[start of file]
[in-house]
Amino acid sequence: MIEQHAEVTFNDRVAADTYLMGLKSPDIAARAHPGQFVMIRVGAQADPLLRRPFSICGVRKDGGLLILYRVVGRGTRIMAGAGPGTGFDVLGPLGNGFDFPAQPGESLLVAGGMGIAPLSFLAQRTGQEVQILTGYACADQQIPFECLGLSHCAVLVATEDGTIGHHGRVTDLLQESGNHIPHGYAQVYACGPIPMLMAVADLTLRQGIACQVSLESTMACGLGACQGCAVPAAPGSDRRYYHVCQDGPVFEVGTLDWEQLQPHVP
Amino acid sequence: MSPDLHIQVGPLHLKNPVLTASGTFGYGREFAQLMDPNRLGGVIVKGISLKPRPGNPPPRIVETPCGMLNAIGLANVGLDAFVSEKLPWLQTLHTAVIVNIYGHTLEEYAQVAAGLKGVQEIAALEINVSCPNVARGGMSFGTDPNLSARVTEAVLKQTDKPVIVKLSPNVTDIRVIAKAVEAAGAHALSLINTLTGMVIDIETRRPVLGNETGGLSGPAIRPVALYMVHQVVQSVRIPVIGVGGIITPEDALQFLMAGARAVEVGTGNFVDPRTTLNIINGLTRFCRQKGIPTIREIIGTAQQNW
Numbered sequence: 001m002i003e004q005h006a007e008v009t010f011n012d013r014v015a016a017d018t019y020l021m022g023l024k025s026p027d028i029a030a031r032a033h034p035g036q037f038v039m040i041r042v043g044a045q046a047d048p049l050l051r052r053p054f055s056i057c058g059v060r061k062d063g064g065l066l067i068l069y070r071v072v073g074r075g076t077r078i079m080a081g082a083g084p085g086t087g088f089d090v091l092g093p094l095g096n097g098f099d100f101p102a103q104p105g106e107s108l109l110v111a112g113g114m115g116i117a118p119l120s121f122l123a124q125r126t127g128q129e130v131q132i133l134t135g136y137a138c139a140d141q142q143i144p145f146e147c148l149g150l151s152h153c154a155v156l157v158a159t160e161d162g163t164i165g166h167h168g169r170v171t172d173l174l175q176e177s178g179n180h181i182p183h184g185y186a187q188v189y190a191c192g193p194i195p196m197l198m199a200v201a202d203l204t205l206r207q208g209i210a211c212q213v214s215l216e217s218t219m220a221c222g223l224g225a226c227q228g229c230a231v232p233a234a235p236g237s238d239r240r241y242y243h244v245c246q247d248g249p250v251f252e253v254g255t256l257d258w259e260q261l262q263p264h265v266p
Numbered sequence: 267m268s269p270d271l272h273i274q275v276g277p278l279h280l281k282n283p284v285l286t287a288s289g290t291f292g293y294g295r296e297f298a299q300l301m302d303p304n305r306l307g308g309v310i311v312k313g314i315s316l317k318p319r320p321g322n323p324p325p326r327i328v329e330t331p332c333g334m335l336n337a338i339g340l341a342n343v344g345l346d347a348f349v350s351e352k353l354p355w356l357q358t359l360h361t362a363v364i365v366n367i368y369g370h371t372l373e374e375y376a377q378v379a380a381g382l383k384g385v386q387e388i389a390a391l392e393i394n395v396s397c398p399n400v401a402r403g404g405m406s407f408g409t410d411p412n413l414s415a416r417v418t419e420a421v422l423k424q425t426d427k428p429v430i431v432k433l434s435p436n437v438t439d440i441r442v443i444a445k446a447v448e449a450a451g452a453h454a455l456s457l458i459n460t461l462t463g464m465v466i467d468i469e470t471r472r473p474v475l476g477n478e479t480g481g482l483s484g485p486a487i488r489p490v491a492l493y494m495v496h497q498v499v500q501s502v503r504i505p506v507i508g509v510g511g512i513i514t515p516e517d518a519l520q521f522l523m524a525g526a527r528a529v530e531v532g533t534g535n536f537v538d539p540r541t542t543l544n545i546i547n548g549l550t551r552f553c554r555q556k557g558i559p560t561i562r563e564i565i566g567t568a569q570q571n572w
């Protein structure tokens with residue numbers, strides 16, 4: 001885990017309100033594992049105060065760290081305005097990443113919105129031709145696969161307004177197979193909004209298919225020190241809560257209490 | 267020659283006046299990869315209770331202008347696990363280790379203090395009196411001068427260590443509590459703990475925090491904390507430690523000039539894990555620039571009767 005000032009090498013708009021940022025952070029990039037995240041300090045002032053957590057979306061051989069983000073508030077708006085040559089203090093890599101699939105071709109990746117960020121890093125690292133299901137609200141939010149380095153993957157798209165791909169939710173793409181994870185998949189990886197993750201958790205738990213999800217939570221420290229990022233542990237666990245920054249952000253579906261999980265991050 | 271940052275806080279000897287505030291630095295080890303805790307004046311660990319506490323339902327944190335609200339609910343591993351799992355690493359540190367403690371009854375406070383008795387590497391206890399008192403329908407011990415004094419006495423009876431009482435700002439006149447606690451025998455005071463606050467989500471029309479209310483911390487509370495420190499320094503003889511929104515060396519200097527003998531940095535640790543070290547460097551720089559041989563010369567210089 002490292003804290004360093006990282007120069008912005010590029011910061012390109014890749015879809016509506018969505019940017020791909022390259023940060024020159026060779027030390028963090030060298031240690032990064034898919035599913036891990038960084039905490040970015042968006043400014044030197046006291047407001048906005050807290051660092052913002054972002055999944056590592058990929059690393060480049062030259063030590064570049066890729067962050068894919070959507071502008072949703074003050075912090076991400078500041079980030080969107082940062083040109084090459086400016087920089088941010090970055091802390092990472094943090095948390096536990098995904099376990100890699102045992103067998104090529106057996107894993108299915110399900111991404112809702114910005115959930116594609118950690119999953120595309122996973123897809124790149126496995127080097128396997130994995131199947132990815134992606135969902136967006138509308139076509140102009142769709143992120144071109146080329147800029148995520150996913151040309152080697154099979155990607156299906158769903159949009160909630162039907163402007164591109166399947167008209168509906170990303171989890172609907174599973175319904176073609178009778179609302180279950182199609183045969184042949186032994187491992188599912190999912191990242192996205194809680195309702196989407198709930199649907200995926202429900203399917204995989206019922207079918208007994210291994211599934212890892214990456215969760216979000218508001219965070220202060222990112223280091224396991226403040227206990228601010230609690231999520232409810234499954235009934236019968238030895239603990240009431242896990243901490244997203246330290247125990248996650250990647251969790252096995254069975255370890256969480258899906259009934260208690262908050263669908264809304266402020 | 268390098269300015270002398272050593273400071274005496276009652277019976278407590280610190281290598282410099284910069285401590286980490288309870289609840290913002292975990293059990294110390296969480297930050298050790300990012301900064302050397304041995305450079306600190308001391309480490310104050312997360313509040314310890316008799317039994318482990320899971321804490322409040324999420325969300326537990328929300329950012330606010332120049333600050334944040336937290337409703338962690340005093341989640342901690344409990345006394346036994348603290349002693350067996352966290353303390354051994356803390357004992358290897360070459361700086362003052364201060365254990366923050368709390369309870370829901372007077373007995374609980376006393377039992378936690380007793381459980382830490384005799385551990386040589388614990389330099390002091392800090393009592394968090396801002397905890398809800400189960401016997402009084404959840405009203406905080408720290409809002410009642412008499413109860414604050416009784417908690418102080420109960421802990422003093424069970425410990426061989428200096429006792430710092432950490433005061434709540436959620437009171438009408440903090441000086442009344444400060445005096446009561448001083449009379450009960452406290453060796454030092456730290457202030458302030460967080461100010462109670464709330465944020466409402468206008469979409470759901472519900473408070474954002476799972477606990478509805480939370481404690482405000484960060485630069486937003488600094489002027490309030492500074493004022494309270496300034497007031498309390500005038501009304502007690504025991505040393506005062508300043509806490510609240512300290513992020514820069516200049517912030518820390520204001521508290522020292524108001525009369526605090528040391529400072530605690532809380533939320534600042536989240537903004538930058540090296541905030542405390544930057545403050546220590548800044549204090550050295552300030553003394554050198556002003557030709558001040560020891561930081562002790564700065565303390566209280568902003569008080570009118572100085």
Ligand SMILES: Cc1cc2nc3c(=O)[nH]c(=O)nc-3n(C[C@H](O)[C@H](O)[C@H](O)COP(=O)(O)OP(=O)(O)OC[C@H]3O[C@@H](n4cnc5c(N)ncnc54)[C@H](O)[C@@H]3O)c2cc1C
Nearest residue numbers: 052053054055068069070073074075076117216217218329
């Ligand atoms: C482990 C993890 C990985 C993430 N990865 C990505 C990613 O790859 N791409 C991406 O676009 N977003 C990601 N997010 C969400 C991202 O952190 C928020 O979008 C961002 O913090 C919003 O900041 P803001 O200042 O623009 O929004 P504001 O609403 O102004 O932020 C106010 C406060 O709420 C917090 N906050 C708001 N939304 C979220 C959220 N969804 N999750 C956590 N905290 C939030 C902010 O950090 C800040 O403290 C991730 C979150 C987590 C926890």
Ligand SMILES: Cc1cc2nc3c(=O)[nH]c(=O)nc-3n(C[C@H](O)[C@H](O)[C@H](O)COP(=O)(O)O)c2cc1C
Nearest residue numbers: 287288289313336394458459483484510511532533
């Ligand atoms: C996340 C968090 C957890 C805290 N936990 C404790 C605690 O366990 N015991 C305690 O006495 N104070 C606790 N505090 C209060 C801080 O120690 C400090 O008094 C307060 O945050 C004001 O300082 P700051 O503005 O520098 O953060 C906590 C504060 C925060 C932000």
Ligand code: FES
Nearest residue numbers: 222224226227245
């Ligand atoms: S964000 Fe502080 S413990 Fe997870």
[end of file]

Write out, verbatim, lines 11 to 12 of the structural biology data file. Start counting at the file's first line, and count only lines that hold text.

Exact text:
Nearest residue numbers: 287288289313336394458459483484510511532533
């Ligand atoms: C996340 C968090 C957890 C805290 N936990 C404790 C605690 O366990 N015991 C305690 O006495 N104070 C606790 N505090 C209060 C801080 O120690 C400090 O008094 C307060 O945050 C004001 O300082 P700051 O503005 O520098 O953060 C906590 C504060 C925060 C932000």